Symphony Orchestra of India

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Symphony Orchestra of India (SOI)
Orchestra
SOI colour.jpg
Official logo
Founded 2006
Location National Centre for the Performing Arts (NCPA), Mumbai, India
Principal conductor Marat Bisengaliev
Website www.soimumbai.in

The Symphony Orchestra of India is an symphony orchestra based in Mumbai, India. It was founded in 2006 by the National Centre for the Performing Arts (NCPA), Mumbai, which is also its home.[1]

The first and current Music Director is Marat Bisengaliev. The orchestra's Conductor in Residence since 2007 is Zane Dalal.[2]

The orchestra's season includes not only works from the symphonic repertoire but also opera, ballet and chamber music performances.

About the Orchestra[edit]

The Symphony Orchestra of India (SOI) is India’s first and only professional symphony orchestra, and is housed at the National Centre for the Performing Arts (NCPA), Mumbai. The SOI was founded in 2006 by NCPA Chairman Khushroo Suntook and internationally-renowned violinist Marat Bisengaliev, who has since served as Music Director. The SOI currently offers two series of concerts–in February and September–every year, and over the past eight years, has performed around India and internationally, as well. Apart from the mainstays of the symphonic repertoire, the NCPA and SOI have also presented some large-scale productions, including fully-staged operas. The Orchestra’s core group of musicians is resident at the NCPA all year round; additional players are recruited from a talented pool of professionals from around the world. Since 2007, Zane Dalal has served as the Orchestra’s Resident Conductor.

Since its inception, the Orchestra has worked with such internationally-renowned conductors as Charles Dutoit, Lior Shambadal, Mischa Damev, Rafael Payare, Karl Jenkins, Adrian Leaper, Johannes Wildner, Alexander Anissimov, and Christoph Poppen, amongst others, and soloists including Barry Douglas, Michael Collins, Stephen Kovacevich, Tamas Vásáry, and Lena Neudauer. Recently, the SOI presented the India premiere of the Triple Concerto Melody of Rhythm with Zakir Hussain, Béla Fleck, and Edgar Meyer, as well as presenting the piece on tour at the Royal Opera House Muscat, Oman. Internationally, the SOI has also performed in Moscow, Russia, in the historic Hall of Columns, where a performance of Beethoven’s Ninth Symphony drew a ten-minute standing ovation from an audience comprising the highest echelons of Russian society, and critical acclaim in the Russian media. At home, the SOI also serves as the pit orchestra for the NCPA’s opera and ballet productions.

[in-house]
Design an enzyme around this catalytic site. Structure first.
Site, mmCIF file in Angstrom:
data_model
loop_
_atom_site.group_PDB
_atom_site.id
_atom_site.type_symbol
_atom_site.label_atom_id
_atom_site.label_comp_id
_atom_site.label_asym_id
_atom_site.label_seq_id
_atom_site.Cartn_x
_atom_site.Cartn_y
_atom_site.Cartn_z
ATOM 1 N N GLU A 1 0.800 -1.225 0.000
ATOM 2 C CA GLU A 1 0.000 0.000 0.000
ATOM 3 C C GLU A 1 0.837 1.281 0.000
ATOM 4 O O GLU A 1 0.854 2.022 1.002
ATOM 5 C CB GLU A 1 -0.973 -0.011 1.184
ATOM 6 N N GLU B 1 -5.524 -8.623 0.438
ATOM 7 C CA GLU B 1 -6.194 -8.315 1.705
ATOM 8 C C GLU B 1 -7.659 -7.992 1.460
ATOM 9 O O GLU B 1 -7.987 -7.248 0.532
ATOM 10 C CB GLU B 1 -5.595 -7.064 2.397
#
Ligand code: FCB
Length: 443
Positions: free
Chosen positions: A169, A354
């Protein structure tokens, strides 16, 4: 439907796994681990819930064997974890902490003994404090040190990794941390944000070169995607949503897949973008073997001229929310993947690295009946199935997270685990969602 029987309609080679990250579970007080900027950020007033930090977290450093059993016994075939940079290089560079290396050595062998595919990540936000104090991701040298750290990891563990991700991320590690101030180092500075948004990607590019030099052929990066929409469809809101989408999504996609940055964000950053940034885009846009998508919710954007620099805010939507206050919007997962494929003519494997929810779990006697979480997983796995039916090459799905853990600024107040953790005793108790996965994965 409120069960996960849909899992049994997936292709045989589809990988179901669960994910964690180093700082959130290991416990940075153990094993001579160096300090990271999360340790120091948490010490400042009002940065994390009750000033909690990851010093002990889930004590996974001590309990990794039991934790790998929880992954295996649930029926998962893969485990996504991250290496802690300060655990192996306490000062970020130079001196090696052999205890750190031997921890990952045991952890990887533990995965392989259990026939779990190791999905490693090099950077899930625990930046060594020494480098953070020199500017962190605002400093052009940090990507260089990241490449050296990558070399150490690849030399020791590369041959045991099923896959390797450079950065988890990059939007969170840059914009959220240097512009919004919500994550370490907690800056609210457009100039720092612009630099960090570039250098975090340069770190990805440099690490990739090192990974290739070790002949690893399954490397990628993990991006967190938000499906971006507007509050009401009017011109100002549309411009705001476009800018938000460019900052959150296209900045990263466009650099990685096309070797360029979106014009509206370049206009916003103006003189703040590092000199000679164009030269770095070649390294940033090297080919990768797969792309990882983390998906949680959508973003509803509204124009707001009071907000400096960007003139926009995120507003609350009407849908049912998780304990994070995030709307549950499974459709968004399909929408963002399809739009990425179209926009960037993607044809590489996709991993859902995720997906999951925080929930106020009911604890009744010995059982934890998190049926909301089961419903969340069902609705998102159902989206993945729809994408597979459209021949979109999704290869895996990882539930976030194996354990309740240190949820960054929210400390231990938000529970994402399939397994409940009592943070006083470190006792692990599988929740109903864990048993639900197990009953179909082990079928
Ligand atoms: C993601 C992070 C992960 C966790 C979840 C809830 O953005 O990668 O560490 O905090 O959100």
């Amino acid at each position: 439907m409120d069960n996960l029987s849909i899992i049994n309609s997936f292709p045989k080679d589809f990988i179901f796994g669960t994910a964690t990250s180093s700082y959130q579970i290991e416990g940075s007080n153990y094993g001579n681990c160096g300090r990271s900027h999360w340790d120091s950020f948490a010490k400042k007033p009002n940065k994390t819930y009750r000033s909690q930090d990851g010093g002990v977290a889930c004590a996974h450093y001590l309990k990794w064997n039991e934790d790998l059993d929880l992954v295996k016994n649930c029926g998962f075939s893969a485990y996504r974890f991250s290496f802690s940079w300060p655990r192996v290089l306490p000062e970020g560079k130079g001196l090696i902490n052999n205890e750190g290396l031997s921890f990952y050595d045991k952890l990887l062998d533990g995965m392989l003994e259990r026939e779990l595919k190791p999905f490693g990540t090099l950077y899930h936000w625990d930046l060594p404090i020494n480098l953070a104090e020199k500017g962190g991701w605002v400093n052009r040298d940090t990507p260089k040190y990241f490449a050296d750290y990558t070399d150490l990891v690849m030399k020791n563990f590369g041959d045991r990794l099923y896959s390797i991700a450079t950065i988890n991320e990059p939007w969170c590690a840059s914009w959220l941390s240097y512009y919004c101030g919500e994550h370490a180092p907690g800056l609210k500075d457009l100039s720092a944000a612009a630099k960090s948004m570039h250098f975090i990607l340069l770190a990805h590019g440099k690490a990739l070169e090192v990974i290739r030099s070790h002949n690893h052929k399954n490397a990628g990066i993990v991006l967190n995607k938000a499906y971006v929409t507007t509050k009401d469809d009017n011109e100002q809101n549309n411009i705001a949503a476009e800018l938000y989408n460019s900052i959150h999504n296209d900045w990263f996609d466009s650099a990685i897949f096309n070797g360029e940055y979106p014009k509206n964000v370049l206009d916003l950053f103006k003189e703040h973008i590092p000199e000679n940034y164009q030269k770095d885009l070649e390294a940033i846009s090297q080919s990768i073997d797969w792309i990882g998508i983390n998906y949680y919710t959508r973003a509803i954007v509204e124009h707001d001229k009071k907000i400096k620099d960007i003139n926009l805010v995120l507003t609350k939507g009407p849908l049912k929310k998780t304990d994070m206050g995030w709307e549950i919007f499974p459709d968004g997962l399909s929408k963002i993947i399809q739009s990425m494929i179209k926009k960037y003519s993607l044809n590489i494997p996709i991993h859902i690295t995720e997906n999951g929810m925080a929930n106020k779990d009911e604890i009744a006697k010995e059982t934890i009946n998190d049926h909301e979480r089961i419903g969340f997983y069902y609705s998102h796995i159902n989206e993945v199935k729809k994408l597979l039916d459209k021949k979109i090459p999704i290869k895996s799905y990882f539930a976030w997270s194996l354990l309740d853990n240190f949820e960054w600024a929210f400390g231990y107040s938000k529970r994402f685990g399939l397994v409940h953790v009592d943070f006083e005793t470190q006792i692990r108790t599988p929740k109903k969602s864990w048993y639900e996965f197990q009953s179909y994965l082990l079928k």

The SOI features a growing number of Indian players, representing the finest home-grown talent, which provides a solid foundation for the future of orchestral playing in the country. Many of the SOI musicians are also teachers as the orchestra places great emphasis on teaching and developing musical potential amongst young people in India. One of NCPA’s educational initiatives is the Special Music Training Programme, which brings a professional level of teaching to gifted young musicians.

Guest Conductors[edit]

List of guest conductors who have conducted the Symphony Orchestra of India:

  1. Fuat Mansurov
  2. Alexander Anissimov
  3. Johannes Wildner
  4. Adrian Leaper
  5. Karl Jenkins
  6. Vag Papian
  7. Anne Randine Øverby
  8. Tamás Vásáry
  9. Evgeny Bushkov
  10. Antonello Allemandi
  11. Christoph Poppen
  12. Charles Dutoit (Sept 2013) [3]
  13. Lior Shambadal
  14. Mischa Damev
  15. Rafael Payare

Guest Artistes[edit]

  1. Agnieszka Zwierko, mezzo soprano
  2. Aleksandra Urbanska, viola
  3. Alyque Padamsee, narrator
  4. Amir, violin
  5. Anando Mukerjee, tenor
  6. Andrei Gavrilov, piano
  7. Annamaria Dell’Oste, soprano
  8. Anooshah Golesorkhi, baritone
  9. Anton Zidaru, Spoletta
  10. Assel Jexembekova, viola
  11. Atham Tashmatov, cello
  12. Atsuko Sahara, violin
  13. Barry Douglas, piano
  14. Beiimbet Demeuov, chorus director (Kazakh State Philharmonic)
  15. Bekezhan Rakishev, double bass
  16. Béla Fleck, banjo
  17. Benjamin Frith, piano